This article was written in a mixture of Swedish and English. An attempt has been made to provide as clear an interpretation as possible. Some words are in Swedish which could not be deciphered and some of the story is written with a Swedish slant. However, the basic story can be understood. John was born in 1910 and died in 1992. He tells us about his life in a text from ABF Circle? in 1976 and it is archived in the Skelleftea Museum in Sweden. He writes about his time in Canada.
John Hedlund and his wife Ingrid, 1940.
On March 23rd, 1929, John Hedlund left Örviken and went from Gothenburg, Sweden to Winnipeg, Manitoba Canada. Possibly he had been influenced by Albin Markstedt from Ersmark who travelled by ship and arrived in Halifax, Canada on March 1, a month earlier than John.
John returned to Ersmark, Sweden on September 23, 1936. He married Ingrid Hedstrom from Kusmark in 1941. They had no children of their own. He earned his living as a worker and owner of small farms.
John Hedlund was the uncle of actor Roland Hedlund, wife Ingrid was the sister of the mothers of Berndt - Erik Gustafsson and the Tage? and Jan - Erik Bjursell.
On Jan 1, 1910, when according to legend, the thermometer showed -22 degrees and a blizzard was raging, born to Klara and Karl Hedlund, a little boy, the seventh and last of the siblings. He was named John Ossian.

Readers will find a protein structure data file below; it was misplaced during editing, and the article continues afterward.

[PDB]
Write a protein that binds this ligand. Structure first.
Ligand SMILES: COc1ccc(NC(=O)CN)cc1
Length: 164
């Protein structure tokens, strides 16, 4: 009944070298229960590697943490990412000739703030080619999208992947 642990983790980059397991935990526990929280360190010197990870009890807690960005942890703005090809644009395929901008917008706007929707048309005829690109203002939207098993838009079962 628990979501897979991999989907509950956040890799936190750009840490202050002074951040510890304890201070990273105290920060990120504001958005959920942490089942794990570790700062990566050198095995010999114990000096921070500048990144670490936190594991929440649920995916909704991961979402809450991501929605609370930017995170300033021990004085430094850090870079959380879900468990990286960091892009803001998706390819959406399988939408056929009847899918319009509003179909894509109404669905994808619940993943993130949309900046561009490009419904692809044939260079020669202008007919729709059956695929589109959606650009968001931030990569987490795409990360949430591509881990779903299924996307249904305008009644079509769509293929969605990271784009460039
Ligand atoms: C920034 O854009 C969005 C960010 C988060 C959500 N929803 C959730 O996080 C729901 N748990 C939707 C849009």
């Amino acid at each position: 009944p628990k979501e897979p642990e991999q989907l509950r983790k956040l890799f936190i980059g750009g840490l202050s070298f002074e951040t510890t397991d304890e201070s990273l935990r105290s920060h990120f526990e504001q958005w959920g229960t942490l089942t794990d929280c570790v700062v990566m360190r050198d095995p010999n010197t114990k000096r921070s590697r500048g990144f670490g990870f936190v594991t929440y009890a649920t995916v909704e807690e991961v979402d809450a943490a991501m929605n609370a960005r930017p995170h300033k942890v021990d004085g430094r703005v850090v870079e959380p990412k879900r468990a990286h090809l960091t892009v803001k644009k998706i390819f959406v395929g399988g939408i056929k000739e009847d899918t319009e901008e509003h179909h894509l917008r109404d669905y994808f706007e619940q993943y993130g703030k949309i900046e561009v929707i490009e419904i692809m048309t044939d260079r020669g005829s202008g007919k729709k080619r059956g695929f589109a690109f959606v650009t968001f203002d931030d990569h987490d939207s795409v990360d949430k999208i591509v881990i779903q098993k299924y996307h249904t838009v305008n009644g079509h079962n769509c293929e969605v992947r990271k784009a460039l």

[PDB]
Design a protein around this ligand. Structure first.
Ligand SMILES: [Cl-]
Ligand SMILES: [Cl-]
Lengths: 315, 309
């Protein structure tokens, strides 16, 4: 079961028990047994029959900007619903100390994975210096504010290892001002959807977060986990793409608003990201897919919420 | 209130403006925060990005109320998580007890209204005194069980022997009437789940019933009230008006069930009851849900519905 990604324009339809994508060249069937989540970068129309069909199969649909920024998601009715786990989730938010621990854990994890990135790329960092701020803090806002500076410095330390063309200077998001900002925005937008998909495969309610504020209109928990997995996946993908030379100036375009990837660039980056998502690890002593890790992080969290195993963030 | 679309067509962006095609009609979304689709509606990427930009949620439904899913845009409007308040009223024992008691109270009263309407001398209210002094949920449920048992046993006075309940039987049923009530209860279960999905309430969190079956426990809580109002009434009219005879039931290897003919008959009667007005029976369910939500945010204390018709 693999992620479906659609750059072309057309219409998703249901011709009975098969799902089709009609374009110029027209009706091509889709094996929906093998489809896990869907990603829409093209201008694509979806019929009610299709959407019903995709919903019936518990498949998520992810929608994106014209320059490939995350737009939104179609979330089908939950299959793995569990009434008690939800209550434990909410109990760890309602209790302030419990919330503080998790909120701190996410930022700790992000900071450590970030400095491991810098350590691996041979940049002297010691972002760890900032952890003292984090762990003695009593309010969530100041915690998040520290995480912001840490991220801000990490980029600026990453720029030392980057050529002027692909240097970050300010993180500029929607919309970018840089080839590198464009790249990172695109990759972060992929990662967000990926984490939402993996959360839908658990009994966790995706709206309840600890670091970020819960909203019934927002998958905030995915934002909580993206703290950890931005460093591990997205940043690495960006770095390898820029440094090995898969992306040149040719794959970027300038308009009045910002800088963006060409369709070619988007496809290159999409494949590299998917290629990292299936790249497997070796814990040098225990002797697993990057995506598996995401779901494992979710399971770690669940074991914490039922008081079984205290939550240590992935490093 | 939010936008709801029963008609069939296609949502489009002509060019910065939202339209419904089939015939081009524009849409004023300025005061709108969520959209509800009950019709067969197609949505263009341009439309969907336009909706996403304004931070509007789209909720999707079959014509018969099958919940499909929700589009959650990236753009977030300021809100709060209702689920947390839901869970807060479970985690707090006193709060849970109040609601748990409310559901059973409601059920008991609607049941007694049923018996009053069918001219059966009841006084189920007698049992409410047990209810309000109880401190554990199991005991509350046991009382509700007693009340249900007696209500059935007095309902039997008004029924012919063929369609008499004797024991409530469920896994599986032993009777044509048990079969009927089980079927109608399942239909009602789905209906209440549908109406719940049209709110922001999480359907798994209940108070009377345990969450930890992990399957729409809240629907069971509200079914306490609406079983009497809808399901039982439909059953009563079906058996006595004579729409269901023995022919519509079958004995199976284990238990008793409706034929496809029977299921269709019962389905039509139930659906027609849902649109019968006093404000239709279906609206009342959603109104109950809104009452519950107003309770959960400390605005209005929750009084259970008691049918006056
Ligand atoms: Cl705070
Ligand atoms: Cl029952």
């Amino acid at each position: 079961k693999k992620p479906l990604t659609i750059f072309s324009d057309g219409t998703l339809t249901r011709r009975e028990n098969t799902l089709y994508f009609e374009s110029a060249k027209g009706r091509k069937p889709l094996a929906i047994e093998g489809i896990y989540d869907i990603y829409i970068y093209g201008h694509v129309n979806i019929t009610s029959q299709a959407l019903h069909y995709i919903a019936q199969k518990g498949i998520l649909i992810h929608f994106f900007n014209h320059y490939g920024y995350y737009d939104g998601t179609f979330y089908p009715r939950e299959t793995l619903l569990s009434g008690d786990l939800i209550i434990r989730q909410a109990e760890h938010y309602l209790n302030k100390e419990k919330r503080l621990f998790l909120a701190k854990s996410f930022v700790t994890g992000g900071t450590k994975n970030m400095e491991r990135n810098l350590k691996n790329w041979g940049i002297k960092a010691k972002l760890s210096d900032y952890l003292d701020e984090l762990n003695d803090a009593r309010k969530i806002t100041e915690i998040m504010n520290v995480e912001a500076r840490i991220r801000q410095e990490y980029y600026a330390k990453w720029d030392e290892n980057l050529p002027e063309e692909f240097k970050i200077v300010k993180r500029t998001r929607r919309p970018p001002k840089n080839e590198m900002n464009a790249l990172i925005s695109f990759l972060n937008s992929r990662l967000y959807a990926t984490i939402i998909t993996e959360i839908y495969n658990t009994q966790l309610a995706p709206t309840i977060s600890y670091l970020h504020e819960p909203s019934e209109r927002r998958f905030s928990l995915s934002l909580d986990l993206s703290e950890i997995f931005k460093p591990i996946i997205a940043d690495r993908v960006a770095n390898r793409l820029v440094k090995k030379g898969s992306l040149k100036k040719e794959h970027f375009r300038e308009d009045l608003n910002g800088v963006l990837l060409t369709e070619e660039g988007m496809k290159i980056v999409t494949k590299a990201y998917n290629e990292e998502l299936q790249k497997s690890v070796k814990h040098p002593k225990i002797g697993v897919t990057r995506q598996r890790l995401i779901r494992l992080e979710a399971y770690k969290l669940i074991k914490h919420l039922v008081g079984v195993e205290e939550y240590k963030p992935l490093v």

After completing dental leap????, whooping cough, Spanish flu and 6 years of school, he, at least in summer, wanted to do something so he could earn his livelihood at rovrensning (thinning vegetables in a garden), takspånplockning? and chip orientation?
So when you were confirmed and had long pants and heels, it was seeking a good servant spot. It was with the Parliamentary Ombudsman Bergmark in Ersmark that I took employment and where I remained for three years as the little farmhand. There I worked in homespun rammer, in the press shop, where we pressed both homespun and lighter fabrics to smooth and fine fabrics. As mentioned Ombudsman also took apart, a Briscoe and a Model T-ford, so you had to with a great feeling to sit behind the wheel at some point.
So I ended up as a farmhand, but continued as a day labourer for the same man. Now, with the difference that I lived at home with his father and mother. I worked then as a sawyer, partly on the frame saw and partly on the circular saw in the winter and on the planer some weeks in the summer. The payment was then 4 krona per day, which was considered a good wage.
In the winter of 1929, I took employment with two cousins of mine who ran a chain saw up in Nybäck. I worked there for three months and was very sore, so sore that I began to reflect on the meaning of life was just hard work. When I was home one weekend, I asked my father and mother if that either allowed me to go to Canada or go out on the lake to still get to see some of the rest of the world before they had worked themselves to death. The answer was, "At sea, do not go, but you can arrange travel money to Canada you can get dangerous."